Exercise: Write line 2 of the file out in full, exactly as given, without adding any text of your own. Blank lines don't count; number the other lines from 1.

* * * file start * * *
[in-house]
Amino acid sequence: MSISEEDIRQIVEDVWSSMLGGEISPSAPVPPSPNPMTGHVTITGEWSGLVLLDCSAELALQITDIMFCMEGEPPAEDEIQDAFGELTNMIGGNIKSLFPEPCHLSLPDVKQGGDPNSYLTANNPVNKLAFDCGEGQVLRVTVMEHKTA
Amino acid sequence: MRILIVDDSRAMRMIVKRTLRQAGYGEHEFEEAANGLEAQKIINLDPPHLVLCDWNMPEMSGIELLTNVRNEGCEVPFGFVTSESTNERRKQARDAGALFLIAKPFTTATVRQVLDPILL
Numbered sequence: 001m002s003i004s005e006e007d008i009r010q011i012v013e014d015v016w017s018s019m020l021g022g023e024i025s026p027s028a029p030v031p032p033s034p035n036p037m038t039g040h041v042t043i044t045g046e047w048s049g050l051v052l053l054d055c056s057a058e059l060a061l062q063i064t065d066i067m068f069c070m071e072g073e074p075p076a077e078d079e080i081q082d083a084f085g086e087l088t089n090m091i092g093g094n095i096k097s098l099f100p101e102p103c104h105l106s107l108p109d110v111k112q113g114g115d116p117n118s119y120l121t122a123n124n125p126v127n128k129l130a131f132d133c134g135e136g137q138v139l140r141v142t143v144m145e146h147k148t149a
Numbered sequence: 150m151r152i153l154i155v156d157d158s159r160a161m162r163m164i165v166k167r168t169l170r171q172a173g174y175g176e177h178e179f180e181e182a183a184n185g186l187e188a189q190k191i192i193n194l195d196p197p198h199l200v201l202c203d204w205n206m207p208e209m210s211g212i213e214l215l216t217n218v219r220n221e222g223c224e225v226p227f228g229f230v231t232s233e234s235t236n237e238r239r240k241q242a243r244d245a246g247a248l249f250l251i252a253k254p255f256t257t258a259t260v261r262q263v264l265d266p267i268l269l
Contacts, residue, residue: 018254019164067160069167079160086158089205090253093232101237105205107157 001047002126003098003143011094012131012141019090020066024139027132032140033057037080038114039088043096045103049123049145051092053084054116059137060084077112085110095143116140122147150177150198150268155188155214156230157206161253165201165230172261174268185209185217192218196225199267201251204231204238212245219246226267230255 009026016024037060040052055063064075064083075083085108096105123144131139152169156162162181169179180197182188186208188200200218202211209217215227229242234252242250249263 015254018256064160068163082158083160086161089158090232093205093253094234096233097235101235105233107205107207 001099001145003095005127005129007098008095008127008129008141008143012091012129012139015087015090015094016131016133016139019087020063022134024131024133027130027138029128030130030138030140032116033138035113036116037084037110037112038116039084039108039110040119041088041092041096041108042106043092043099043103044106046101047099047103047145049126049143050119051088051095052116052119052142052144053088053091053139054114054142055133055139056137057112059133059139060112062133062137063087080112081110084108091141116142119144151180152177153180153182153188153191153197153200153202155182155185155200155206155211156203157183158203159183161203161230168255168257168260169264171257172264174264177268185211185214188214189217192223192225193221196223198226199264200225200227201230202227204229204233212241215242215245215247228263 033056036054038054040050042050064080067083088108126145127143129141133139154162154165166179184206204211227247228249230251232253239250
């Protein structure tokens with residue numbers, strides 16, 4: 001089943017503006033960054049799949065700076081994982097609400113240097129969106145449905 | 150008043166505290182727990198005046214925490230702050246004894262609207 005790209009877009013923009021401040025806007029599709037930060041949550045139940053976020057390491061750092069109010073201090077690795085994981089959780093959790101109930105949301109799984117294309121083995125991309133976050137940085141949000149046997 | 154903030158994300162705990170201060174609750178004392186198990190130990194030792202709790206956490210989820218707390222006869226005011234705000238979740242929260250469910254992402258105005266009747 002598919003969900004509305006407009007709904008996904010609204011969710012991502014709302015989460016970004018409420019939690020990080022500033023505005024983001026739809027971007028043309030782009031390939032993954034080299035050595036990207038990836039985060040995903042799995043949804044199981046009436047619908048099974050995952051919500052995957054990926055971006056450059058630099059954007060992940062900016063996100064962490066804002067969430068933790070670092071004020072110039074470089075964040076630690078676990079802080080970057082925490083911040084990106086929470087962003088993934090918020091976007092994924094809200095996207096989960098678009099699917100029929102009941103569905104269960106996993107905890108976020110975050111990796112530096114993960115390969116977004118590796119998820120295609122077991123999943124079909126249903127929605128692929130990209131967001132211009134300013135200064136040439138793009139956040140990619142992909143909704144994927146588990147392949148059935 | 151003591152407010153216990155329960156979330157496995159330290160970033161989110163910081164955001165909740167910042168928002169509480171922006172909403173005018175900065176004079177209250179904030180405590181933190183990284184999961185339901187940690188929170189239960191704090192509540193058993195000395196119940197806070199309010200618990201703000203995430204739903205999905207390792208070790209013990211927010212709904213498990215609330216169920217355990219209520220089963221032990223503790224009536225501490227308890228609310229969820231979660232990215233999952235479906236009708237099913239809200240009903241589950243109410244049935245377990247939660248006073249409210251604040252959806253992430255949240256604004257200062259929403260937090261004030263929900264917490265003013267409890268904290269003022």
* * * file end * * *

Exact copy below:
Amino acid sequence: MSISEEDIRQIVEDVWSSMLGGEISPSAPVPPSPNPMTGHVTITGEWSGLVLLDCSAELALQITDIMFCMEGEPPAEDEIQDAFGELTNMIGGNIKSLFPEPCHLSLPDVKQGGDPNSYLTANNPVNKLAFDCGEGQVLRVTVMEHKTA